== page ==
Plants

08/01/2014 - 09:12

The selective logging of trees in otherwise intact tropical forests can take a serious toll on the number of animal species living there. Mammals and amphibians are particularly sensitive to the effects of high-intensity logging, according to researchers in the Cell Press journal Current Biology on July 31 who conducted a meta-analysis of almost 50 previously published studies from around the world.

 

07/28/2014 - 10:52

Many studies have shown the potential for global climate change to cut food supplies. But these studies have, for the most part, ignored the interactions between increasing temperature and air pollution — specifically ozone pollution, which is known to damage crops.

 

04/15/2014 - 12:34

Biologists at UC San Diego have succeeded in visualizing the movement within plants of a key hormone responsible for growth and resistance to drought. The achievement will allow researchers to conduct further studies to determine how the hormone helps plants respond to drought and other environmental stresses driven by the continuing increase in the atmosphere’s carbon dioxide, or CO2, concentration.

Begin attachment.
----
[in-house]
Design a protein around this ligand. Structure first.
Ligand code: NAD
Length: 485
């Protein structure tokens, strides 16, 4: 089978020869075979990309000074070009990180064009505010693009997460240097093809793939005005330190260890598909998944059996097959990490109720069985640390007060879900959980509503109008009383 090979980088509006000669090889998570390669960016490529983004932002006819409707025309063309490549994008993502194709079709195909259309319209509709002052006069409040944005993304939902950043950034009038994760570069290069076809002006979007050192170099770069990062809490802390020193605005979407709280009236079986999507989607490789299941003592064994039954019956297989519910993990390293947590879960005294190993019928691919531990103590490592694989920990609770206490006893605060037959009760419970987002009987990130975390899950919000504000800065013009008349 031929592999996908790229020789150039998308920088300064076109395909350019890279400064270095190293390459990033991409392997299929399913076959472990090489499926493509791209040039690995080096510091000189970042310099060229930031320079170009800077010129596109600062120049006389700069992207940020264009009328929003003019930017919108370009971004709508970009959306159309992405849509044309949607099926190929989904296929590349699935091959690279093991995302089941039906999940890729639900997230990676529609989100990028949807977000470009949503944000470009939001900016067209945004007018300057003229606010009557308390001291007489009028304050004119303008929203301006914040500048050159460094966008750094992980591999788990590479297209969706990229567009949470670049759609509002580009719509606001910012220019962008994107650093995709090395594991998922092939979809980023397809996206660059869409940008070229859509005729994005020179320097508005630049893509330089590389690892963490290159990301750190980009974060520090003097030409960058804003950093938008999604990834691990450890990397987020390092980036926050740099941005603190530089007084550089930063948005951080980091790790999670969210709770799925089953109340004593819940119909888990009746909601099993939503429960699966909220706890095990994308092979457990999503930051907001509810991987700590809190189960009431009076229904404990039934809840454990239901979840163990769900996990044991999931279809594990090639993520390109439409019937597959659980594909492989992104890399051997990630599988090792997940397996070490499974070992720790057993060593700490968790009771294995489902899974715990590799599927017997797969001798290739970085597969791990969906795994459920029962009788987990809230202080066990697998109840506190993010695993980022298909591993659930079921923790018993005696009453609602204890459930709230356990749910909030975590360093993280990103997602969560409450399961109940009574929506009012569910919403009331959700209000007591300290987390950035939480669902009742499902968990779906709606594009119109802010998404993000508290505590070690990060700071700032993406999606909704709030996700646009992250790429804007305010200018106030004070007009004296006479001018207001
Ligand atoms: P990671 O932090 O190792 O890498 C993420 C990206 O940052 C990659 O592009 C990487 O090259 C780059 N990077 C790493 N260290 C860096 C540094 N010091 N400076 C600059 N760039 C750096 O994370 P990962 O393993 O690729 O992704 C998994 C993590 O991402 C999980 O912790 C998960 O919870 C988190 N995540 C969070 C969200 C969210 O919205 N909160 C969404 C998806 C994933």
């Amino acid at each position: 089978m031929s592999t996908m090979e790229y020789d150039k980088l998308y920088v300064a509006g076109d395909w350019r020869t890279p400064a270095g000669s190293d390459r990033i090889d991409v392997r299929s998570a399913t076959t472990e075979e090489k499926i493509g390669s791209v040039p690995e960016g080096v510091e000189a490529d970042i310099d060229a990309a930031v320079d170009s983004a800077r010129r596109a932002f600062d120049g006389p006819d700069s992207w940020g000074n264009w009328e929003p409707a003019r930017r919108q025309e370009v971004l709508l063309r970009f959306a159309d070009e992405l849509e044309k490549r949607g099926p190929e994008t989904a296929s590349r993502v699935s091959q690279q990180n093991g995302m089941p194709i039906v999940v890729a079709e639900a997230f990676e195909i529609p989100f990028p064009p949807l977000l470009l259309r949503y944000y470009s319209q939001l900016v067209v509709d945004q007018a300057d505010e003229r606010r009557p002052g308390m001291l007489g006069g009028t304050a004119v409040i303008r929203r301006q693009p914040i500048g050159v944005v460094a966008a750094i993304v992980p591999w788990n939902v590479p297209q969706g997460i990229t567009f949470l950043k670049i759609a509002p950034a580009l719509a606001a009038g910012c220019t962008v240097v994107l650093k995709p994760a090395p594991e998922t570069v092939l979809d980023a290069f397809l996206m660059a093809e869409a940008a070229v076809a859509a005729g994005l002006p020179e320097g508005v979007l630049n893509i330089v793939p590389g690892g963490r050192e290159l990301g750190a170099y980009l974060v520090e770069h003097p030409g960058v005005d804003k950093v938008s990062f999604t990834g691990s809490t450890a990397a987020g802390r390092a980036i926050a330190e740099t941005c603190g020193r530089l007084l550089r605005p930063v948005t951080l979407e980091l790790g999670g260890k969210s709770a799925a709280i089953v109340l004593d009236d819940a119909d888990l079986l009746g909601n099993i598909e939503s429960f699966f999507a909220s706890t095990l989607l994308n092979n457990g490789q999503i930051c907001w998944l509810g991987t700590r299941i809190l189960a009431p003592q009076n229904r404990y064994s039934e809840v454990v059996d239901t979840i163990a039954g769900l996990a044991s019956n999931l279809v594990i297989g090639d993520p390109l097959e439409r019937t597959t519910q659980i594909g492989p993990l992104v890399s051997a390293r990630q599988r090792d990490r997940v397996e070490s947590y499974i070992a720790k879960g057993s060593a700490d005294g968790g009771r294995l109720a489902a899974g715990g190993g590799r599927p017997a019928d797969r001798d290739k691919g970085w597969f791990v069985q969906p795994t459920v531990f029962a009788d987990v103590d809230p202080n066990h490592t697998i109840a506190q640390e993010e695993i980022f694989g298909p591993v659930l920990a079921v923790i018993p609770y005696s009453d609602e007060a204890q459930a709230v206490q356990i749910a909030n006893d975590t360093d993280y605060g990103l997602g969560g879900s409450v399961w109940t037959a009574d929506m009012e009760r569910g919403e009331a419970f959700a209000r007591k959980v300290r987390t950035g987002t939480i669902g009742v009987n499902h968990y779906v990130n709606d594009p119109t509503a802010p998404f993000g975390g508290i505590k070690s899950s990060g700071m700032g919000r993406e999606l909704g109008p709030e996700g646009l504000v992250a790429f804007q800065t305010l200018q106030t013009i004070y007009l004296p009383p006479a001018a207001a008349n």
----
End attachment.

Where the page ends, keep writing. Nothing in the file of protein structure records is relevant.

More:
01/02/2014 - 11:00

Researchers have uncovered the secret recipe to making some petunias such a rare shade of blue. The findings may help to explain and manipulate the color of other ornamental flowers, not to mention the taste of fruits and wine, say researchers who report their findings in the Cell Press journal Cell Reports on January 2nd. From the flowers' point of view, the findings also have important implications, since blue petals instead of red might spell disaster when it comes to attracting pollinators.

 

12/30/2013 - 11:57

A plant used for centuries as a pain reliever in Chinese medicine may be just what the doctor ordered, especially when it comes to chronic pain. A key pain-relieving ingredient is a compound known as dehydrocorybulbine (DHCB) found in the roots of the flowering plant Corydalis, a member of the poppy family, according to researchers who report their findings in the Cell Press journal Current Biology on January 2.

 

09/12/2013 - 11:38

The modern-day tulip tree, state tree of Indiana as well as Kentucky and Tennessee, can trace its lineage back to the time of the dinosaurs, according to newly published research by an Indiana University paleobotanist and a Russian botanist.